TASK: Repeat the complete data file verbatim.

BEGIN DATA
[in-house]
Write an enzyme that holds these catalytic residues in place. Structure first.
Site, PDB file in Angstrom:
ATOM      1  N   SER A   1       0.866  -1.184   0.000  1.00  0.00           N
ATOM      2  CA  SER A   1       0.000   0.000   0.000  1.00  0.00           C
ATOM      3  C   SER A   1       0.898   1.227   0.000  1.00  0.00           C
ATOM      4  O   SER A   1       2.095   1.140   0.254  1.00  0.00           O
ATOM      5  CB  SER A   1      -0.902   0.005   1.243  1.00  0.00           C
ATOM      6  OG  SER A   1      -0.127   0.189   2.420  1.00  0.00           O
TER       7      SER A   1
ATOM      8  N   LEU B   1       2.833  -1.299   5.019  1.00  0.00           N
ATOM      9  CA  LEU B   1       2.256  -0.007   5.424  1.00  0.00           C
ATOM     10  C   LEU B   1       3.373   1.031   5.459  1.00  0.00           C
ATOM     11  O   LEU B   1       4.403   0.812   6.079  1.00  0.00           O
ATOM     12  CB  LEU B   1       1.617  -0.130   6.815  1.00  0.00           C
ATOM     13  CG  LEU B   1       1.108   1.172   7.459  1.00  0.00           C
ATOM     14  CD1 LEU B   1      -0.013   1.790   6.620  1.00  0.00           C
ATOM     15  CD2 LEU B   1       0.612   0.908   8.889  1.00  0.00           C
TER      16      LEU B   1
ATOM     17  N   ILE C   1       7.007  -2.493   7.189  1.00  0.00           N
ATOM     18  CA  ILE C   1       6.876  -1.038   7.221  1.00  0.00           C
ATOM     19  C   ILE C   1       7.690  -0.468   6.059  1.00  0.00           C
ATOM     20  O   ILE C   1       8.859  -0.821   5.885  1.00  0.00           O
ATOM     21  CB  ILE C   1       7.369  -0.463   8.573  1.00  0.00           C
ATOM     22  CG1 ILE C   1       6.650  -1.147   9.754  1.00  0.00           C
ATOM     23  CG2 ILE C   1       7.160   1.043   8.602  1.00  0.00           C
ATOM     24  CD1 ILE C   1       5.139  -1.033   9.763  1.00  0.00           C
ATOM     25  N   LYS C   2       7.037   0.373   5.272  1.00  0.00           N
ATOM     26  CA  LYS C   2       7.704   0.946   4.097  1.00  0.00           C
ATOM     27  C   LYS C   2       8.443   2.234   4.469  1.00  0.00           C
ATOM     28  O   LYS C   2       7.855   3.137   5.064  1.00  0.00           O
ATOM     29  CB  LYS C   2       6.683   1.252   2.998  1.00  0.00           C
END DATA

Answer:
[in-house]
Write an enzyme that holds these catalytic residues in place. Structure first.
Site, PDB file in Angstrom:
ATOM      1  N   SER A   1       0.866  -1.184   0.000  1.00  0.00           N
ATOM      2  CA  SER A   1       0.000   0.000   0.000  1.00  0.00           C
ATOM      3  C   SER A   1       0.898   1.227   0.000  1.00  0.00           C
ATOM      4  O   SER A   1       2.095   1.140   0.254  1.00  0.00           O
ATOM      5  CB  SER A   1      -0.902   0.005   1.243  1.00  0.00           C
ATOM      6  OG  SER A   1      -0.127   0.189   2.420  1.00  0.00           O
TER       7      SER A   1
ATOM      8  N   LEU B   1       2.833  -1.299   5.019  1.00  0.00           N
ATOM      9  CA  LEU B   1       2.256  -0.007   5.424  1.00  0.00           C
ATOM     10  C   LEU B   1       3.373   1.031   5.459  1.00  0.00           C
ATOM     11  O   LEU B   1       4.403   0.812   6.079  1.00  0.00           O
ATOM     12  CB  LEU B   1       1.617  -0.130   6.815  1.00  0.00           C
ATOM     13  CG  LEU B   1       1.108   1.172   7.459  1.00  0.00           C
ATOM     14  CD1 LEU B   1      -0.013   1.790   6.620  1.00  0.00           C
ATOM     15  CD2 LEU B   1       0.612   0.908   8.889  1.00  0.00           C
TER      16      LEU B   1
ATOM     17  N   ILE C   1       7.007  -2.493   7.189  1.00  0.00           N
ATOM     18  CA  ILE C   1       6.876  -1.038   7.221  1.00  0.00           C
ATOM     19  C   ILE C   1       7.690  -0.468   6.059  1.00  0.00           C
ATOM     20  O   ILE C   1       8.859  -0.821   5.885  1.00  0.00           O
ATOM     21  CB  ILE C   1       7.369  -0.463   8.573  1.00  0.00           C
ATOM     22  CG1 ILE C   1       6.650  -1.147   9.754  1.00  0.00           C
ATOM     23  CG2 ILE C   1       7.160   1.043   8.602  1.00  0.00           C
ATOM     24  CD1 ILE C   1       5.139  -1.033   9.763  1.00  0.00           C
ATOM     25  N   LYS C   2       7.037   0.373   5.272  1.00  0.00           N
ATOM     26  CA  LYS C   2       7.704   0.946   4.097  1.00  0.00           C
ATOM     27  C   LYS C   2       8.443   2.234   4.469  1.00  0.00           C
ATOM     28  O   LYS C   2       7.855   3.137   5.064  1.00  0.00           O
ATOM     29  CB  LYS C   2       6.683   1.252   2.998  1.00  0.00           C